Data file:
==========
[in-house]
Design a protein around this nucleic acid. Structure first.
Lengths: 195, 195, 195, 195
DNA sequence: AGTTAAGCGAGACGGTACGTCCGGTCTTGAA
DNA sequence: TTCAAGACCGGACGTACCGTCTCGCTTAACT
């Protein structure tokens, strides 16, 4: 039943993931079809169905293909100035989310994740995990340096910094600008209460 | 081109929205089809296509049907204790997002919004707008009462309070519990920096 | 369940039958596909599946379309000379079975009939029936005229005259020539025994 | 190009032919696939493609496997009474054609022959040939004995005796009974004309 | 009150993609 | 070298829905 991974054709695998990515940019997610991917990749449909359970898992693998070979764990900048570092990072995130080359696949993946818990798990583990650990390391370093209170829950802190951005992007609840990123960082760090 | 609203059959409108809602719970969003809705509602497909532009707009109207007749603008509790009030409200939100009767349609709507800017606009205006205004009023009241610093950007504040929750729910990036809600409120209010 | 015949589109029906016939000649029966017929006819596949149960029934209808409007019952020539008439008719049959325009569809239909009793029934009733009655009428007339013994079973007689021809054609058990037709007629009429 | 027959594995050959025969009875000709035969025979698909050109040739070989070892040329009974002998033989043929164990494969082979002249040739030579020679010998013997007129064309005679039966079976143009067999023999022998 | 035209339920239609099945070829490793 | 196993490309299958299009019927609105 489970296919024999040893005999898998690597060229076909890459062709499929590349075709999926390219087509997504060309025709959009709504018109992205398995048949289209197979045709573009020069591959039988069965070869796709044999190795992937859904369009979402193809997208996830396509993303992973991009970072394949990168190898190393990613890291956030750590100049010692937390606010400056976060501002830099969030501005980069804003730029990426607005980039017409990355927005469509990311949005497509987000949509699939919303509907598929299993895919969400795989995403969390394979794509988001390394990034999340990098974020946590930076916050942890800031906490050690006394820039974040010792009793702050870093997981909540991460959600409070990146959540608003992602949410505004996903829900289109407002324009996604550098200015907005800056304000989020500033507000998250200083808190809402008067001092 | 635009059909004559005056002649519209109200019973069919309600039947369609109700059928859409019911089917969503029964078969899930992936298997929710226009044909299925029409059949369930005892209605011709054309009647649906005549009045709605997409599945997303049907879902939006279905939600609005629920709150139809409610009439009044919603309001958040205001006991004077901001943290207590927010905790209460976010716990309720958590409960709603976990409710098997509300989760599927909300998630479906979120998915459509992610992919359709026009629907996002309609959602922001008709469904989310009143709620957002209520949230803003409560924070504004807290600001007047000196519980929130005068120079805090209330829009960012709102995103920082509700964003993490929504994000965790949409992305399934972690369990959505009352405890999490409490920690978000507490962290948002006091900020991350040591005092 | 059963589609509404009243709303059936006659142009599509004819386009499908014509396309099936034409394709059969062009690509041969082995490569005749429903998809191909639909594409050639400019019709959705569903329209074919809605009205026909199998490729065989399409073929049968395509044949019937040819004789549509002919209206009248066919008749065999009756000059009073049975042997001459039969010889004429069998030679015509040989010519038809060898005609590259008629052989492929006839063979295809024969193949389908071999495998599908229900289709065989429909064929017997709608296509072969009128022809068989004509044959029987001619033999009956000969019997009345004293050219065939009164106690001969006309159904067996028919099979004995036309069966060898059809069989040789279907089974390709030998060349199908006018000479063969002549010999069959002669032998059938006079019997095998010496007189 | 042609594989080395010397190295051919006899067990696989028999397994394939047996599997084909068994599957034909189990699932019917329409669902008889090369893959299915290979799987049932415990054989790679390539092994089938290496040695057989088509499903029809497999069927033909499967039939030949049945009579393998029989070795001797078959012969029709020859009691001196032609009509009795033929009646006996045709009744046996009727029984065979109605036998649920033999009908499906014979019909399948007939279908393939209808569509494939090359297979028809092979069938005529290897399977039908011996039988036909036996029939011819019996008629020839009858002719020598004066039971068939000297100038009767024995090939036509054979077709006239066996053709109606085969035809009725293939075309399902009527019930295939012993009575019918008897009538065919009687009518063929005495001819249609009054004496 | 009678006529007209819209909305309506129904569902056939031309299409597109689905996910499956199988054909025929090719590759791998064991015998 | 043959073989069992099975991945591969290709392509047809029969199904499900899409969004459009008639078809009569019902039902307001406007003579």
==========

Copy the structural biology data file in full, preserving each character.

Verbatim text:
[in-house]
Design a protein around this nucleic acid. Structure first.
Lengths: 195, 195, 195, 195
DNA sequence: AGTTAAGCGAGACGGTACGTCCGGTCTTGAA
DNA sequence: TTCAAGACCGGACGTACCGTCTCGCTTAACT
């Protein structure tokens, strides 16, 4: 039943993931079809169905293909100035989310994740995990340096910094600008209460 | 081109929205089809296509049907204790997002919004707008009462309070519990920096 | 369940039958596909599946379309000379079975009939029936005229005259020539025994 | 190009032919696939493609496997009474054609022959040939004995005796009974004309 | 009150993609 | 070298829905 991974054709695998990515940019997610991917990749449909359970898992693998070979764990900048570092990072995130080359696949993946818990798990583990650990390391370093209170829950802190951005992007609840990123960082760090 | 609203059959409108809602719970969003809705509602497909532009707009109207007749603008509790009030409200939100009767349609709507800017606009205006205004009023009241610093950007504040929750729910990036809600409120209010 | 015949589109029906016939000649029966017929006819596949149960029934209808409007019952020539008439008719049959325009569809239909009793029934009733009655009428007339013994079973007689021809054609058990037709007629009429 | 027959594995050959025969009875000709035969025979698909050109040739070989070892040329009974002998033989043929164990494969082979002249040739030579020679010998013997007129064309005679039966079976143009067999023999022998 | 035209339920239609099945070829490793 | 196993490309299958299009019927609105 489970296919024999040893005999898998690597060229076909890459062709499929590349075709999926390219087509997504060309025709959009709504018109992205398995048949289209197979045709573009020069591959039988069965070869796709044999190795992937859904369009979402193809997208996830396509993303992973991009970072394949990168190898190393990613890291956030750590100049010692937390606010400056976060501002830099969030501005980069804003730029990426607005980039017409990355927005469509990311949005497509987000949509699939919303509907598929299993895919969400795989995403969390394979794509988001390394990034999340990098974020946590930076916050942890800031906490050690006394820039974040010792009793702050870093997981909540991460959600409070990146959540608003992602949410505004996903829900289109407002324009996604550098200015907005800056304000989020500033507000998250200083808190809402008067001092 | 635009059909004559005056002649519209109200019973069919309600039947369609109700059928859409019911089917969503029964078969899930992936298997929710226009044909299925029409059949369930005892209605011709054309009647649906005549009045709605997409599945997303049907879902939006279905939600609005629920709150139809409610009439009044919603309001958040205001006991004077901001943290207590927010905790209460976010716990309720958590409960709603976990409710098997509300989760599927909300998630479906979120998915459509992610992919359709026009629907996002309609959602922001008709469904989310009143709620957002209520949230803003409560924070504004807290600001007047000196519980929130005068120079805090209330829009960012709102995103920082509700964003993490929504994000965790949409992305399934972690369990959505009352405890999490409490920690978000507490962290948002006091900020991350040591005092 | 059963589609509404009243709303059936006659142009599509004819386009499908014509396309099936034409394709059969062009690509041969082995490569005749429903998809191909639909594409050639400019019709959705569903329209074919809605009205026909199998490729065989399409073929049968395509044949019937040819004789549509002919209206009248066919008749065999009756000059009073049975042997001459039969010889004429069998030679015509040989010519038809060898005609590259008629052989492929006839063979295809024969193949389908071999495998599908229900289709065989429909064929017997709608296509072969009128022809068989004509044959029987001619033999009956000969019997009345004293050219065939009164106690001969006309159904067996028919099979004995036309069966060898059809069989040789279907089974390709030998060349199908006018000479063969002549010999069959002669032998059938006079019997095998010496007189 | 042609594989080395010397190295051919006899067990696989028999397994394939047996599997084909068994599957034909189990699932019917329409669902008889090369893959299915290979799987049932415990054989790679390539092994089938290496040695057989088509499903029809497999069927033909499967039939030949049945009579393998029989070795001797078959012969029709020859009691001196032609009509009795033929009646006996045709009744046996009727029984065979109605036998649920033999009908499906014979019909399948007939279908393939209808569509494939090359297979028809092979069938005529290897399977039908011996039988036909036996029939011819019996008629020839009858002719020598004066039971068939000297100038009767024995090939036509054979077709006239066996053709109606085969035809009725293939075309399902009527019930295939012993009575019918008897009538065919009687009518063929005495001819249609009054004496 | 009678006529007209819209909305309506129904569902056939031309299409597109689905996910499956199988054909025929090719590759791998064991015998 | 043959073989069992099975991945591969290709392509047809029969199904499900899409969004459009008639078809009569019902039902307001406007003579």